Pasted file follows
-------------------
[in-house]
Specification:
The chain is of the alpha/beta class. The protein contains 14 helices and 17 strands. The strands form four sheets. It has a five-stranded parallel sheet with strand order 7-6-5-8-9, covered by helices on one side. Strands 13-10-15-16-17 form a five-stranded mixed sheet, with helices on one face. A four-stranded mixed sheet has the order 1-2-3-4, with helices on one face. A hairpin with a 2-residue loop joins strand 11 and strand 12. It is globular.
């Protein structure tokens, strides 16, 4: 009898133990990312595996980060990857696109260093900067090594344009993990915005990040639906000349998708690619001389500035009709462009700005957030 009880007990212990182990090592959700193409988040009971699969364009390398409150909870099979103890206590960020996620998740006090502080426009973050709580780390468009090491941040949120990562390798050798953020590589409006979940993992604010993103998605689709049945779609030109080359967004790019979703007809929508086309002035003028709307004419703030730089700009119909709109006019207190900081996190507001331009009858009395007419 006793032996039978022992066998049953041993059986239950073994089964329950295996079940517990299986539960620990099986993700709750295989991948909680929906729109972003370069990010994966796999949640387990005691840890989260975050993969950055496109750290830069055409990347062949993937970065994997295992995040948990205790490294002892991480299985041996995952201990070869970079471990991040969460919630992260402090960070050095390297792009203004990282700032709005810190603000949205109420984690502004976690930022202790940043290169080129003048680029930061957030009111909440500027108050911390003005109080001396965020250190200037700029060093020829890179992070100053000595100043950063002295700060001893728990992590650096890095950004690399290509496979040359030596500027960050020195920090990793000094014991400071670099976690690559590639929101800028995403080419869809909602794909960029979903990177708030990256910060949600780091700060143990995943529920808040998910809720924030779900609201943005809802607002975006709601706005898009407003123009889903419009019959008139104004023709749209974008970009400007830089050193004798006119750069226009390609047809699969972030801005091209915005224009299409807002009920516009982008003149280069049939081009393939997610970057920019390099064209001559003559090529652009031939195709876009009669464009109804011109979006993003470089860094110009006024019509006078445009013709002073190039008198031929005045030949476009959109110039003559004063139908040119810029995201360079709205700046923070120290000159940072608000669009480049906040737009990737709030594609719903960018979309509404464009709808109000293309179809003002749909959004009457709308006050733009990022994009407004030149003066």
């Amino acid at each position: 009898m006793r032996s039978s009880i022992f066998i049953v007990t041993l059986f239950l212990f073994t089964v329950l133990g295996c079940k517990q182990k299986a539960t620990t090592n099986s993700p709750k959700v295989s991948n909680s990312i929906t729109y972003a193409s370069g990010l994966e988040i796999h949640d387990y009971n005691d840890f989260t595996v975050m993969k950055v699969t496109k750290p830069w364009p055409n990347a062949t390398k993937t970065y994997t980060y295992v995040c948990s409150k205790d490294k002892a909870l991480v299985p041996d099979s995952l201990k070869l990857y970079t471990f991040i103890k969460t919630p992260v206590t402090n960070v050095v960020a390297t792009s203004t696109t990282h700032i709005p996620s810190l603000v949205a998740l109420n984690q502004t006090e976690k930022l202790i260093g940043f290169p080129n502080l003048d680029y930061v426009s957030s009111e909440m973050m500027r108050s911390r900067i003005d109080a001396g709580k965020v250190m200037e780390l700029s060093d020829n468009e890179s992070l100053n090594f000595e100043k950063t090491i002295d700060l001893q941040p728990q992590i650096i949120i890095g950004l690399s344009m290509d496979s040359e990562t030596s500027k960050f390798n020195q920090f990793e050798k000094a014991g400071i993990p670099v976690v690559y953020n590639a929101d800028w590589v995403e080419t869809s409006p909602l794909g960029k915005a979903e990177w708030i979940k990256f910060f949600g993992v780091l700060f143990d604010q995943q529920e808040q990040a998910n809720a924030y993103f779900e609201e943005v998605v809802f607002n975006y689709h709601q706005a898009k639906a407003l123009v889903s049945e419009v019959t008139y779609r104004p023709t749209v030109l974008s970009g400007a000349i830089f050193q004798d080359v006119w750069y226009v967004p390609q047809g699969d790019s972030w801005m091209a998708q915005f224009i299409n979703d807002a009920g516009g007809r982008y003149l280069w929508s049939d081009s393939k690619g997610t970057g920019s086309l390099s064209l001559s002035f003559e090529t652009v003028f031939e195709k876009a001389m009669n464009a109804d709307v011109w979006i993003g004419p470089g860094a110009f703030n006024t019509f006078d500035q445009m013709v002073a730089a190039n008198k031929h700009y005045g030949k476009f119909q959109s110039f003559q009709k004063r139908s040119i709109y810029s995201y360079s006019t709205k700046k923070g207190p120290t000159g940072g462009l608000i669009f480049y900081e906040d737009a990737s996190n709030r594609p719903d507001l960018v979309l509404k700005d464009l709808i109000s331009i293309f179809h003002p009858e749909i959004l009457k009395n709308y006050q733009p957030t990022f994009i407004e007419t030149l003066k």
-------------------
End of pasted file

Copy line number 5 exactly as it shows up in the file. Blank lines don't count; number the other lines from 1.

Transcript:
């Amino acid at each position: 009898m006793r032996s039978s009880i022992f066998i049953v007990t041993l059986f239950l212990f073994t089964v329950l133990g295996c079940k517990q182990k299986a539960t620990t090592n099986s993700p709750k959700v295989s991948n909680s990312i929906t729109y972003a193409s370069g990010l994966e988040i796999h949640d387990y009971n005691d840890f989260t595996v975050m993969k950055v699969t496109k750290p830069w364009p055409n990347a062949t390398k993937t970065y994997t980060y295992v995040c948990s409150k205790d490294k002892a909870l991480v299985p041996d099979s995952l201990k070869l990857y970079t471990f991040i103890k969460t919630p992260v206590t402090n960070v050095v960020a390297t792009s203004t696109t990282h700032i709005p996620s810190l603000v949205a998740l109420n984690q502004t006090e976690k930022l202790i260093g940043f290169p080129n502080l003048d680029y930061v426009s957030s009111e909440m973050m500027r108050s911390r900067i003005d109080a001396g709580k965020v250190m200037e780390l700029s060093d020829n468009e890179s992070l100053n090594f000595e100043k950063t090491i002295d700060l001893q941040p728990q992590i650096i949120i890095g950004l690399s344009m290509d496979s040359e990562t030596s500027k960050f390798n020195q920090f990793e050798k000094a014991g400071i993990p670099v976690v690559y953020n590639a929101d800028w590589v995403e080419t869809s409006p909602l794909g960029k915005a979903e990177w708030i979940k990256f910060f949600g993992v780091l700060f143990d604010q995943q529920e808040q990040a998910n809720a924030y993103f779900e609201e943005v998605v809802f607002n975006y689709h709601q706005a898009k639906a407003l123009v889903s049945e419009v019959t008139y779609r104004p023709t749209v030109l974008s970009g400007a000349i830089f050193q004798d080359v006119w750069y226009v967004p390609q047809g699969d790019s972030w801005m091209a998708q915005f224009i299409n979703d807002a009920g516009g007809r982008y003149l280069w929508s049939d081009s393939k690619g997610t970057g920019s086309l390099s064209l001559s002035f003559e090529t652009v003028f031939e195709k876009a001389m009669n464009a109804d709307v011109w979006i993003g004419p470089g860094a110009f703030n006024t019509f006078d500035q445009m013709v002073a730089a190039n008198k031929h700009y005045g030949k476009f119909q959109s110039f003559q009709k004063r139908s040119i709109y810029s995201y360079s006019t709205k700046k923070g207190p120290t000159g940072g462009l608000i669009f480049y900081e906040d737009a990737s996190n709030r594609p719903d507001l960018v979309l509404k700005d464009l709808i109000s331009i293309f179809h003002p009858e749909i959004l009457k009395n709308y006050q733009p957030t990022f994009i407004e007419t030149l003066k």